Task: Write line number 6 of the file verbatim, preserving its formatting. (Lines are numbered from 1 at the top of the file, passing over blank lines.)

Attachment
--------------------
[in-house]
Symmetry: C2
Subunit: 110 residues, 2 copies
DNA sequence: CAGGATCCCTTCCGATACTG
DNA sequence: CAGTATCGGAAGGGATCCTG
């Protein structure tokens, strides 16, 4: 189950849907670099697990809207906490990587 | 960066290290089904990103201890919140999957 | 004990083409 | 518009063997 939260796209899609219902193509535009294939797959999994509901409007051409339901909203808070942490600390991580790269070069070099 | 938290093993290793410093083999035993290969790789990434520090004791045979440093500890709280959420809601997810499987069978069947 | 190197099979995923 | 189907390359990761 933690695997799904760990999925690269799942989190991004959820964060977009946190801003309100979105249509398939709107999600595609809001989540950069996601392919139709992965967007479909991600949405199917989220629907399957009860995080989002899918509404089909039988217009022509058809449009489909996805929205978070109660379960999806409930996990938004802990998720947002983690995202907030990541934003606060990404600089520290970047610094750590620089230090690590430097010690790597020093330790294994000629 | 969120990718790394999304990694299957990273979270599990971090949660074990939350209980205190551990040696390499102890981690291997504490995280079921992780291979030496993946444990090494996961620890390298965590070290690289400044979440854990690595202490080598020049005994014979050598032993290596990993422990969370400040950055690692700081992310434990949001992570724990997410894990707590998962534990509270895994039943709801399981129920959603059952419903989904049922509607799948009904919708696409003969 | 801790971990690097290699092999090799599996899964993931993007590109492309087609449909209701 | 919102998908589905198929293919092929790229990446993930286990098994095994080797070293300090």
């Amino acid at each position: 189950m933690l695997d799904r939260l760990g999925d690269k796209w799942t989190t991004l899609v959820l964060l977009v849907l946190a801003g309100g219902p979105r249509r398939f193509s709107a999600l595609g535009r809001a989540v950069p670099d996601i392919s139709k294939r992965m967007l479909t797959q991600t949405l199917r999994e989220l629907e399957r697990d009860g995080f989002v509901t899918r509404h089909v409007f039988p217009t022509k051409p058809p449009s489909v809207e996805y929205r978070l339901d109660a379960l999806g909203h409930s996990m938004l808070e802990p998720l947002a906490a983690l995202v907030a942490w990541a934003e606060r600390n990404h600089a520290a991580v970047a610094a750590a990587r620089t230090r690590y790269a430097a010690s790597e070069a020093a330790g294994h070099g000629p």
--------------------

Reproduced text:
């Protein structure tokens, strides 16, 4: 189950849907670099697990809207906490990587 | 960066290290089904990103201890919140999957 | 004990083409 | 518009063997 939260796209899609219902193509535009294939797959999994509901409007051409339901909203808070942490600390991580790269070069070099 | 938290093993290793410093083999035993290969790789990434520090004791045979440093500890709280959420809601997810499987069978069947 | 190197099979995923 | 189907390359990761 933690695997799904760990999925690269799942989190991004959820964060977009946190801003309100979105249509398939709107999600595609809001989540950069996601392919139709992965967007479909991600949405199917989220629907399957009860995080989002899918509404089909039988217009022509058809449009489909996805929205978070109660379960999806409930996990938004802990998720947002983690995202907030990541934003606060990404600089520290970047610094750590620089230090690590430097010690790597020093330790294994000629 | 969120990718790394999304990694299957990273979270599990971090949660074990939350209980205190551990040696390499102890981690291997504490995280079921992780291979030496993946444990090494996961620890390298965590070290690289400044979440854990690595202490080598020049005994014979050598032993290596990993422990969370400040950055690692700081992310434990949001992570724990997410894990707590998962534990509270895994039943709801399981129920959603059952419903989904049922509607799948009904919708696409003969 | 801790971990690097290699092999090799599996899964993931993007590109492309087609449909209701 | 919102998908589905198929293919092929790229990446993930286990098994095994080797070293300090």